The action stages of Zoda's Revenge use the same room-by-room structure of the original StarTropics and The Legend of Zelda. Instead of scrolling continuously, you enter a room and you're stuck there until you find a way out. Usually a puzzle must be solved, or a group of enemies destroyed before you can safely exit. These rooms can often be deceptively difficult to conquer, but the variety of puzzles isn't as staggering as the number of enemies; most are of the "hop on block to find switch" variety.

However, there are a few more logic puzzles in Zoda's Revenge than I remember there being in StarTropics. StarTropics had a couple of thinking moments in its overworld (such as when you had to find the correct tombstone), but all of its dungeon puzzles involved finding and hitting switches. Zoda's Revenge has a maze that you navigate by following a specific pattern of shapes, a dungeon in which a flute must be played in a strategic location to open the way forward, and several rooms where you have to knock bouncing balls into a hole (but of course, it's easier said than done).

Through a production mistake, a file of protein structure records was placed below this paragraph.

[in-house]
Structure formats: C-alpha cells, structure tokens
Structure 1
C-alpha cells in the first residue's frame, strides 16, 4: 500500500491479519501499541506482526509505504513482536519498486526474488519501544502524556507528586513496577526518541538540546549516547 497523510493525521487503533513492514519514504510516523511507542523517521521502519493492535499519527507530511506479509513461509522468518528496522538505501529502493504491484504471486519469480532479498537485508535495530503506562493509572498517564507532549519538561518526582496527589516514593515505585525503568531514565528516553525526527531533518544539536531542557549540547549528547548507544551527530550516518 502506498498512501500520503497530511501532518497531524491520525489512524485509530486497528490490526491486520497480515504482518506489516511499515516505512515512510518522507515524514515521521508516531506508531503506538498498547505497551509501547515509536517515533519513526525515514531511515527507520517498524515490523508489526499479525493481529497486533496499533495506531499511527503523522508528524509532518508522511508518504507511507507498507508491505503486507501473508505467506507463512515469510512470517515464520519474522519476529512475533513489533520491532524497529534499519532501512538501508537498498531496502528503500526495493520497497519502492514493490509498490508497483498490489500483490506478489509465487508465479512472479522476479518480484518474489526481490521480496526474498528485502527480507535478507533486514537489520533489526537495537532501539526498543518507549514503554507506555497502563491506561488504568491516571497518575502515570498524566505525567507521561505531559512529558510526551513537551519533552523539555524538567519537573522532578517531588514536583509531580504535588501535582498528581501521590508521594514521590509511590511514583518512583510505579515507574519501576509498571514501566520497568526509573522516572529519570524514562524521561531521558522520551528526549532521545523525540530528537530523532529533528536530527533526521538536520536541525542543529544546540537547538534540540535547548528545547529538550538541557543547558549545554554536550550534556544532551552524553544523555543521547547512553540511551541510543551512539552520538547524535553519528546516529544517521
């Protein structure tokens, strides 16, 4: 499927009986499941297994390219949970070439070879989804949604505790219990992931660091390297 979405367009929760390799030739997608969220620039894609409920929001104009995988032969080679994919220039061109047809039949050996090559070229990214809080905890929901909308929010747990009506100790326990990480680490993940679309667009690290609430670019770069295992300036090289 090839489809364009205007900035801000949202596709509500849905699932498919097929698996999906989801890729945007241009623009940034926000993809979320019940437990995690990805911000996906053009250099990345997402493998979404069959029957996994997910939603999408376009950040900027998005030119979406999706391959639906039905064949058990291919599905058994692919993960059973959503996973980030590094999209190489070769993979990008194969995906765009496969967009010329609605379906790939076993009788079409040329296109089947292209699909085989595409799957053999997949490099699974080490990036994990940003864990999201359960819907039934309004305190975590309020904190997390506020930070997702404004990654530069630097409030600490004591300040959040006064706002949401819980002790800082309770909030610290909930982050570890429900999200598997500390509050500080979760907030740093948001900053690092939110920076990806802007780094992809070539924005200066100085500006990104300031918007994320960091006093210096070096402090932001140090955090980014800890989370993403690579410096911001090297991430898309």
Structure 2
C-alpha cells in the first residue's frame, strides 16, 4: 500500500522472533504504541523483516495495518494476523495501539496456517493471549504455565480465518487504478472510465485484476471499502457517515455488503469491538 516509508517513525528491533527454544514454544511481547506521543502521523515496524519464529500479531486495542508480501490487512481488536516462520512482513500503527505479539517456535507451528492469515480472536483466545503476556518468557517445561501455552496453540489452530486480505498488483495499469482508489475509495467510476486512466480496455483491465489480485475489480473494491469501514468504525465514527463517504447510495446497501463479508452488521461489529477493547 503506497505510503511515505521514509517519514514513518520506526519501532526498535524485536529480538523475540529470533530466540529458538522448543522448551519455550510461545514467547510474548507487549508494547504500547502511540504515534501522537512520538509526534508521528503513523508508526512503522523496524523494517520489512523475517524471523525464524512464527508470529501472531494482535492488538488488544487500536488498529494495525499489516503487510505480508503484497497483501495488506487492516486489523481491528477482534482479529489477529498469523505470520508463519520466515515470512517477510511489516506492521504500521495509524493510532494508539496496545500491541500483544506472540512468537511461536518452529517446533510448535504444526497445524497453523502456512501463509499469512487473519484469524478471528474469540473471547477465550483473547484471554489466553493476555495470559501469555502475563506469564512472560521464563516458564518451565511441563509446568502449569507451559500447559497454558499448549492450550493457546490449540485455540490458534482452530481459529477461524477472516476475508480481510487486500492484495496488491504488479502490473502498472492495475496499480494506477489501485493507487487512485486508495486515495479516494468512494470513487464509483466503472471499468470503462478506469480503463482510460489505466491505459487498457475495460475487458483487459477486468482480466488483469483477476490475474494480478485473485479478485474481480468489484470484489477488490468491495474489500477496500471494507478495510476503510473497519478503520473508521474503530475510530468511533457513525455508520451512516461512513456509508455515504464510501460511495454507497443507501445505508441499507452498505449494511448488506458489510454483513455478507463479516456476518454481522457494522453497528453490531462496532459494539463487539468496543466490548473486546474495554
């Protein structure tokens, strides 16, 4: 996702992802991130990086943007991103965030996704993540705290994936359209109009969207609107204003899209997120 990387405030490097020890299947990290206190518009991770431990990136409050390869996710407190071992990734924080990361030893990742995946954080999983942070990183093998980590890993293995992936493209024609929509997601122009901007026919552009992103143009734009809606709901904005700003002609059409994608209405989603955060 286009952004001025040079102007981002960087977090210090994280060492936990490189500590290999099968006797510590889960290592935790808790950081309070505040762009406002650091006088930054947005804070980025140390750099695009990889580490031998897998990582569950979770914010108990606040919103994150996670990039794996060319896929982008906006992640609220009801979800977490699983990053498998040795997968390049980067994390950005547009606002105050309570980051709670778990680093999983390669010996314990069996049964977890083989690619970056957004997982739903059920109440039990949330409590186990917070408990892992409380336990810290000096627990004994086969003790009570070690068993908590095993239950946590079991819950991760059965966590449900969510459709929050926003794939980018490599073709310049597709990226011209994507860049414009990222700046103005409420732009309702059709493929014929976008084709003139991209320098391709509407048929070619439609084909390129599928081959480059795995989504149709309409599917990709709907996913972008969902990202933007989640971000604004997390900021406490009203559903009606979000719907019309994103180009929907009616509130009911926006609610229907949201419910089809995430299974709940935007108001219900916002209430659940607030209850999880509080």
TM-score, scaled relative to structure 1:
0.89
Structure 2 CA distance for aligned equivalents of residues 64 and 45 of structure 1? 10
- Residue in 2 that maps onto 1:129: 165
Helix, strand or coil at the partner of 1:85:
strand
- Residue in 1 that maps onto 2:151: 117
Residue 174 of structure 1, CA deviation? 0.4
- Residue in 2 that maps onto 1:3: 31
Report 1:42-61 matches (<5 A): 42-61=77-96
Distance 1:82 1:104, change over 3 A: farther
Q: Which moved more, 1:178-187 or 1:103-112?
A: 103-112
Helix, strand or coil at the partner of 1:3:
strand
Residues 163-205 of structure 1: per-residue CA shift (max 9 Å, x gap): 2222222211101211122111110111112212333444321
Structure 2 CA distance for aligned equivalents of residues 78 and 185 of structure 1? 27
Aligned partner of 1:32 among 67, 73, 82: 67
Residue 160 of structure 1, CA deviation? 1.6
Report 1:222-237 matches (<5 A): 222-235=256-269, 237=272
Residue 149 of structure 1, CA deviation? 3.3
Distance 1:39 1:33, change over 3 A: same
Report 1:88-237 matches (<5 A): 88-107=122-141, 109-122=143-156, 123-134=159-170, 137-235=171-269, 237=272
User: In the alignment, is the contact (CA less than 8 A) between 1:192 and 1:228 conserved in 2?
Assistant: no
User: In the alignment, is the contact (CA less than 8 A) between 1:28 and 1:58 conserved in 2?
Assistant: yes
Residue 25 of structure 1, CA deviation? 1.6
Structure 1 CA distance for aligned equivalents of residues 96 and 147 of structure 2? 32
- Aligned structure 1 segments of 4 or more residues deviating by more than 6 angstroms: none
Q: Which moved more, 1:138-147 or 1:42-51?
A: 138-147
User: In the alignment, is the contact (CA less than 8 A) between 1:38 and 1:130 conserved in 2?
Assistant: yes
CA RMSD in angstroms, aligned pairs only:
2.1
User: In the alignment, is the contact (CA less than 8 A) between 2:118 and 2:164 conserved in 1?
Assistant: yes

Unfortunately, the logic puzzle aspect wasn't used to the extent that I would've hoped, but StarTropics is more about action, and Zoda's Revenge delivers that in lopsided quantities. The first two chapters, for example, are complete throwaways (it's possible to defeat the first boss before it even has a chance to attack). While the pace does start to pick up a bit in Chapter 3, I don't remember getting through the first few levels of StarTropics in such a short amount of time.


Among the tougher action sequences are areas that require you to leap across moving platforms that float precariously over bottomless pits. Sometimes, you'll even have to leap over spiked poles as you're riding them. Other jumps require you to tweak Mike's control in mid-air to either guide him to a safe landing spot, or to keep from falling endlessly through multiple floors. There is one particularly dazzling castle that is a labyrinth of walls and hidden pits that take you to a randomly-selected action scene. Completing the scene will allow you to continue walking about the castle, but sometimes you have to exit the "right" way to get yourself on the correct path.